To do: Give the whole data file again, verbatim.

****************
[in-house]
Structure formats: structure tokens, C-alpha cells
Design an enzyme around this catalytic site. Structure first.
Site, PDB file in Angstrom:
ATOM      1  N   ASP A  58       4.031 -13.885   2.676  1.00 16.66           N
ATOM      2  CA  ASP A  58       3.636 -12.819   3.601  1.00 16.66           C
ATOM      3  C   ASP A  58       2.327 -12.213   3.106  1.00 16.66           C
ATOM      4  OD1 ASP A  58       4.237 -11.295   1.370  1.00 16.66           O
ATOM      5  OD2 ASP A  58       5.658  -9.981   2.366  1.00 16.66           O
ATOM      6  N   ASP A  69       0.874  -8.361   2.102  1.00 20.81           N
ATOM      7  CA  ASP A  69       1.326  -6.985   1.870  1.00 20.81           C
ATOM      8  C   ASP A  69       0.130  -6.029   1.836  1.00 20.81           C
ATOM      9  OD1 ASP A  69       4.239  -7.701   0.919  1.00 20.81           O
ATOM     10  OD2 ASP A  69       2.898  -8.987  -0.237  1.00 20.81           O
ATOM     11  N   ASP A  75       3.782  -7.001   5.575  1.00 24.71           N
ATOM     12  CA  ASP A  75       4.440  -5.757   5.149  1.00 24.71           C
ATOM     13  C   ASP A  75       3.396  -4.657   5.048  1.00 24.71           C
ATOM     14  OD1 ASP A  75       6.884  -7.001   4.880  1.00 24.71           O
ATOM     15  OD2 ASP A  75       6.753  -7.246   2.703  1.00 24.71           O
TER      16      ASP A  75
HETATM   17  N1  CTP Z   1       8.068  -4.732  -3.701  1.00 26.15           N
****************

[in-house]
Structure formats: structure tokens, C-alpha cells
Design an enzyme around this catalytic site. Structure first.
Site, PDB file in Angstrom:
ATOM      1  N   ASP A  58       4.031 -13.885   2.676  1.00 16.66           N
ATOM      2  CA  ASP A  58       3.636 -12.819   3.601  1.00 16.66           C
ATOM      3  C   ASP A  58       2.327 -12.213   3.106  1.00 16.66           C
ATOM      4  OD1 ASP A  58       4.237 -11.295   1.370  1.00 16.66           O
ATOM      5  OD2 ASP A  58       5.658  -9.981   2.366  1.00 16.66           O
ATOM      6  N   ASP A  69       0.874  -8.361   2.102  1.00 20.81           N
ATOM      7  CA  ASP A  69       1.326  -6.985   1.870  1.00 20.81           C
ATOM      8  C   ASP A  69       0.130  -6.029   1.836  1.00 20.81           C
ATOM      9  OD1 ASP A  69       4.239  -7.701   0.919  1.00 20.81           O
ATOM     10  OD2 ASP A  69       2.898  -8.987  -0.237  1.00 20.81           O
ATOM     11  N   ASP A  75       3.782  -7.001   5.575  1.00 24.71           N
ATOM     12  CA  ASP A  75       4.440  -5.757   5.149  1.00 24.71           C
ATOM     13  C   ASP A  75       3.396  -4.657   5.048  1.00 24.71           C
ATOM     14  OD1 ASP A  75       6.884  -7.001   4.880  1.00 24.71           O
ATOM     15  OD2 ASP A  75       6.753  -7.246   2.703  1.00 24.71           O
TER      16      ASP A  75
HETATM   17  N1  CTP Z   1       8.068  -4.732  -3.701  1.00 26.15           N